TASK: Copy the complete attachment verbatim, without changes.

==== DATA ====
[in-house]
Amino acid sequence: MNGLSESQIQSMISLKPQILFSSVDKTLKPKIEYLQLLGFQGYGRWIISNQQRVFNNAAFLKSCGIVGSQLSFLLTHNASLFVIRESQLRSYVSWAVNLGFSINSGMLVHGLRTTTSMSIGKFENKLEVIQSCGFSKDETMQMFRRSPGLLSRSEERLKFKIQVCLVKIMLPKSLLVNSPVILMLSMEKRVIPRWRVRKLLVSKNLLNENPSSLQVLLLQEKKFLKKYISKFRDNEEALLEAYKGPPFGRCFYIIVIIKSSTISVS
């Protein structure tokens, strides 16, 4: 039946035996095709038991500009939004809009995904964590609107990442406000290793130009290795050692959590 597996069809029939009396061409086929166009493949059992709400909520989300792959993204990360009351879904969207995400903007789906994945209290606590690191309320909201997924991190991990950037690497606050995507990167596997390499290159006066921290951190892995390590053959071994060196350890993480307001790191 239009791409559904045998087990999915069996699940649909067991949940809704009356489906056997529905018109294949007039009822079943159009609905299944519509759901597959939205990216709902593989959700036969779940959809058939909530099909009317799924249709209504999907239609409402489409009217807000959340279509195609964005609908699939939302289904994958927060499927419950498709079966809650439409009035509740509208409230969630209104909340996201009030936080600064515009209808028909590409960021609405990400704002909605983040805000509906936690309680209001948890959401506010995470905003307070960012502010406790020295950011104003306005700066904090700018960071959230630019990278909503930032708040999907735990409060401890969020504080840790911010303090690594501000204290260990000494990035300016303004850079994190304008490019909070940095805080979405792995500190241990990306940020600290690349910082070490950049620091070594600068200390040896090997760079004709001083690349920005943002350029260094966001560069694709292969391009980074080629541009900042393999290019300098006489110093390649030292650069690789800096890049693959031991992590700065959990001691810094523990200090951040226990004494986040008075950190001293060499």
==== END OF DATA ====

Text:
[in-house]
Amino acid sequence: MNGLSESQIQSMISLKPQILFSSVDKTLKPKIEYLQLLGFQGYGRWIISNQQRVFNNAAFLKSCGIVGSQLSFLLTHNASLFVIRESQLRSYVSWAVNLGFSINSGMLVHGLRTTTSMSIGKFENKLEVIQSCGFSKDETMQMFRRSPGLLSRSEERLKFKIQVCLVKIMLPKSLLVNSPVILMLSMEKRVIPRWRVRKLLVSKNLLNENPSSLQVLLLQEKKFLKKYISKFRDNEEALLEAYKGPPFGRCFYIIVIIKSSTISVS
């Protein structure tokens, strides 16, 4: 039946035996095709038991500009939004809009995904964590609107990442406000290793130009290795050692959590 597996069809029939009396061409086929166009493949059992709400909520989300792959993204990360009351879904969207995400903007789906994945209290606590690191309320909201997924991190991990950037690497606050995507990167596997390499290159006066921290951190892995390590053959071994060196350890993480307001790191 239009791409559904045998087990999915069996699940649909067991949940809704009356489906056997529905018109294949007039009822079943159009609905299944519509759901597959939205990216709902593989959700036969779940959809058939909530099909009317799924249709209504999907239609409402489409009217807000959340279509195609964005609908699939939302289904994958927060499927419950498709079966809650439409009035509740509208409230969630209104909340996201009030936080600064515009209808028909590409960021609405990400704002909605983040805000509906936690309680209001948890959401506010995470905003307070960012502010406790020295950011104003306005700066904090700018960071959230630019990278909503930032708040999907735990409060401890969020504080840790911010303090690594501000204290260990000494990035300016303004850079994190304008490019909070940095805080979405792995500190241990990306940020600290690349910082070490950049620091070594600068200390040896090997760079004709001083690349920005943002350029260094966001560069694709292969391009980074080629541009900042393999290019300098006489110093390649030292650069690789800096890049693959031991992590700065959990001691810094523990200090951040226990004494986040008075950190001293060499």